President Trump threw a wrench in Republicans' efforts to pass sweeping immigration legislation soon. He tweeted Friday that Republicans should "stop wasting their time" on immigration and wait until after November's midterm elections to pass anything.
House Republicans on Thursday delayed a vote on their compromise immigration bill until next week. They had hoped to pass legislation that would not only fund border security, but provide legislative solutions to Mr. Trump's decision to end the Deferred Action for Childhood Arrivals (DACA) program and to family separations at the border.
As CBS News' Paula Reid has reported, Mr. Trump'sof children from their parents at the southern border is a temporary fix — it effectively only prevents family separations for 20 days. The Justice Department a 20-day legal limit on detaining families together.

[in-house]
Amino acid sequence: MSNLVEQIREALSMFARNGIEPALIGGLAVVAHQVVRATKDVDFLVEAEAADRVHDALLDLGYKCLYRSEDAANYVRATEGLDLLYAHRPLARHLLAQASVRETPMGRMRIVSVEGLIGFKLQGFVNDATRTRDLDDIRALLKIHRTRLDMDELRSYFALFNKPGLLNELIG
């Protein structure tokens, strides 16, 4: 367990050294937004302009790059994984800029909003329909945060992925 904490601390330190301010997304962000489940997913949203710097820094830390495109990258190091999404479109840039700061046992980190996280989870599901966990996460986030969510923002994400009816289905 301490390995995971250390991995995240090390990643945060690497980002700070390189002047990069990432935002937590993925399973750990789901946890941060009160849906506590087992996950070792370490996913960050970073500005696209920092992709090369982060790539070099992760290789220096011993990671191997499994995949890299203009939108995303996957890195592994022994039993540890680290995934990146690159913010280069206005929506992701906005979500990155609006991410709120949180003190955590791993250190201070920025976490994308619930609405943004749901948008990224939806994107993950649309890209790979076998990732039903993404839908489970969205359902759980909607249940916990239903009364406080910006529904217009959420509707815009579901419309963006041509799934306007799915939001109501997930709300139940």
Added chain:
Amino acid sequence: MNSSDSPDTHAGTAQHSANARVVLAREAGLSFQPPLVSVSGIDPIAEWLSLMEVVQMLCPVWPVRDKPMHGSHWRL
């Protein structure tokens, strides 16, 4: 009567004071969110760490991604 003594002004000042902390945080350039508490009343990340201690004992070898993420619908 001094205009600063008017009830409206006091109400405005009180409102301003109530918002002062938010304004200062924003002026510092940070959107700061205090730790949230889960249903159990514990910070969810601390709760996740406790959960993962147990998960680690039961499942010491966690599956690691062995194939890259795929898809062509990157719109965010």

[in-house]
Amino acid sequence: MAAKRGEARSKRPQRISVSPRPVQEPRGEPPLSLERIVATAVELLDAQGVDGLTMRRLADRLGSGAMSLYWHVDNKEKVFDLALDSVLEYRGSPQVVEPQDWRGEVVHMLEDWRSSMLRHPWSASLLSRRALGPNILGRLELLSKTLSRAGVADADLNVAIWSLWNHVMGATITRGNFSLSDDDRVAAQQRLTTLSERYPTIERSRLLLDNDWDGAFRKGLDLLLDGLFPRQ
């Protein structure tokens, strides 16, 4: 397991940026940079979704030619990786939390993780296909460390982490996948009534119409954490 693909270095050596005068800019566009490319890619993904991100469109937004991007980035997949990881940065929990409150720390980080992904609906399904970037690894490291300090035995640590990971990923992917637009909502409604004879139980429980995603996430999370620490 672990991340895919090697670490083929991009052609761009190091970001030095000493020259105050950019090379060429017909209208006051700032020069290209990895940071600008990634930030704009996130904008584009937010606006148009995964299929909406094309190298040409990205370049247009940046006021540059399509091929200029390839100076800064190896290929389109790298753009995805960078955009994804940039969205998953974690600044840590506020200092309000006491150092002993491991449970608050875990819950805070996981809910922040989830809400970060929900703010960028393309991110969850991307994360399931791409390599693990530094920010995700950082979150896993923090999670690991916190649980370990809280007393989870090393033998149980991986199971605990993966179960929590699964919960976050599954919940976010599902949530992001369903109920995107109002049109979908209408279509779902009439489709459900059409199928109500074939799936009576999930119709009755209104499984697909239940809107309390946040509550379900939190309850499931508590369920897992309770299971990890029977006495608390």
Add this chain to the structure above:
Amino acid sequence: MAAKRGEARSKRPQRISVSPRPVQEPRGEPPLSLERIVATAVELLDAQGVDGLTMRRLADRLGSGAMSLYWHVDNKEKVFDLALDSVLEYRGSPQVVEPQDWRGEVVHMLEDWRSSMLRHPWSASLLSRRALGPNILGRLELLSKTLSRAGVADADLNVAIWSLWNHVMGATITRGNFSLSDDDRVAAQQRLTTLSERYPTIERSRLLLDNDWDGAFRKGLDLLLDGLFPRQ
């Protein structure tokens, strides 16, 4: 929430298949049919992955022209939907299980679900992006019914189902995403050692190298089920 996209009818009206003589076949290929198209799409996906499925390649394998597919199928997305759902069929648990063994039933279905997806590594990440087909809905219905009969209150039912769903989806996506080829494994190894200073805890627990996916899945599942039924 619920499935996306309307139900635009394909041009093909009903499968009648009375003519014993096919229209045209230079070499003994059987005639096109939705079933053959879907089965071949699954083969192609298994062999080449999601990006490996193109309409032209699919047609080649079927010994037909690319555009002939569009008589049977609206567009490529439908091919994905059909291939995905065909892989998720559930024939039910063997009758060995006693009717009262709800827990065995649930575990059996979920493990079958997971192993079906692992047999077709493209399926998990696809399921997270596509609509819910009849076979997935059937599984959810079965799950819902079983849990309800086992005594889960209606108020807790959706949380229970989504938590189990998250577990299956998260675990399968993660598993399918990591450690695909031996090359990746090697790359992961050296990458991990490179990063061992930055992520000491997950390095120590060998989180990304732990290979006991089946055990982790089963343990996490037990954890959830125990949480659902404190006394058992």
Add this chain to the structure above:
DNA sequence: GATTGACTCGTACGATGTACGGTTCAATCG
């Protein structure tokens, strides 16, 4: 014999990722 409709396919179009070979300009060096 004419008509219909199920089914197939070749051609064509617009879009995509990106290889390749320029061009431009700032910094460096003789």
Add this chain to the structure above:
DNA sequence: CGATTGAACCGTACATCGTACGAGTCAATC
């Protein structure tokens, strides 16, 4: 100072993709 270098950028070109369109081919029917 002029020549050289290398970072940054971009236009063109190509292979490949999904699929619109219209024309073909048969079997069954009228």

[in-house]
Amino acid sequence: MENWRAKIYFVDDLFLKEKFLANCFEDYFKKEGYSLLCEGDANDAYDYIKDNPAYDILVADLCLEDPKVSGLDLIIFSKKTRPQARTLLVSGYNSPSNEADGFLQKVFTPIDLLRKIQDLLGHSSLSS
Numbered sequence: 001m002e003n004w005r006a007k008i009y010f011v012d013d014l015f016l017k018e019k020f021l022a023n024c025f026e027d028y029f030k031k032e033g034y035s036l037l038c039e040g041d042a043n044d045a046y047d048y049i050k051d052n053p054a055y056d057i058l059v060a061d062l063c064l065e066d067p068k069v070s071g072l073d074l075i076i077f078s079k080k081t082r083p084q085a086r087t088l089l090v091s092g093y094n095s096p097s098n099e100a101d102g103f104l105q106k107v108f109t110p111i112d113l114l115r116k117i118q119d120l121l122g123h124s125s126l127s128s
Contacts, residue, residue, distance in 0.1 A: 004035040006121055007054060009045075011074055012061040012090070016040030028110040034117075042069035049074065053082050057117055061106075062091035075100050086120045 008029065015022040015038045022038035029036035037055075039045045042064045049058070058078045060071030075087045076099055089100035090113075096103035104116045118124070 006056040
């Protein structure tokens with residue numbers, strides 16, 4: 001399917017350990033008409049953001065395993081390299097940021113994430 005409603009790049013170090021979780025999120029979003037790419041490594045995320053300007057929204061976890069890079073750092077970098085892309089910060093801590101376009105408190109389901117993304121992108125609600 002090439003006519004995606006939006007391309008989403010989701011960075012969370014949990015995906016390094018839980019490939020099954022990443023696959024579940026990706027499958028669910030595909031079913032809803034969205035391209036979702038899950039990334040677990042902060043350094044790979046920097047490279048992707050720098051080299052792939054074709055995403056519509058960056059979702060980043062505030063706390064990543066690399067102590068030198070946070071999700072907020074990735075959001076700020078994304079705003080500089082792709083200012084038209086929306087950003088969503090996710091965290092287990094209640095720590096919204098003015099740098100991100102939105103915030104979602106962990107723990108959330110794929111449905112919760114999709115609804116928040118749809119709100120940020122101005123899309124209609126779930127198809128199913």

Early Friday, however, the president seemed to suggest he has no confidence in Republicans' ability to pass legislation ahead of the midterms, claiming Democrats are obstructing and Republicans need more members in both the House and Senate. But Republicans are expected to lose seats in November, and some fear they might lose control of the House.
"Republicans should stop wasting their time on Immigration until after we elect more Senators and Congressmen/women in November. Dems are just playing games, have no intention of doing anything to solves this decades old problem. We can pass great legislation after the Red Wave!" the president tweeted.
Moments before that, Mr. Trump tweeted, "Even if we get 100% Republican votes in the Senate, we need 10 Democrat votes to get a much needed Immigration Bill - & the Dems are Obstructionists who won't give votes for political reasons & because they don't care about Crime coming from Border! So we need to elect more R's!"
Asked on CNN what Mr. Trump's Friday morning tweets mean for the GOP immigration push, Rep. Mark Sanford, R-South Carolina, gave a simple response — "Game over."
Immigration is a fraught issue for Republicans, with some members in competitive districts this November looking for more moderate legislation, while others look to appease the hardline stance taken by many of Mr. Trump's most ardent supporters.
House Republicans met Thursday afternoon to hash out the details of the compromise bill after some conservative members had lingering questions and concerns.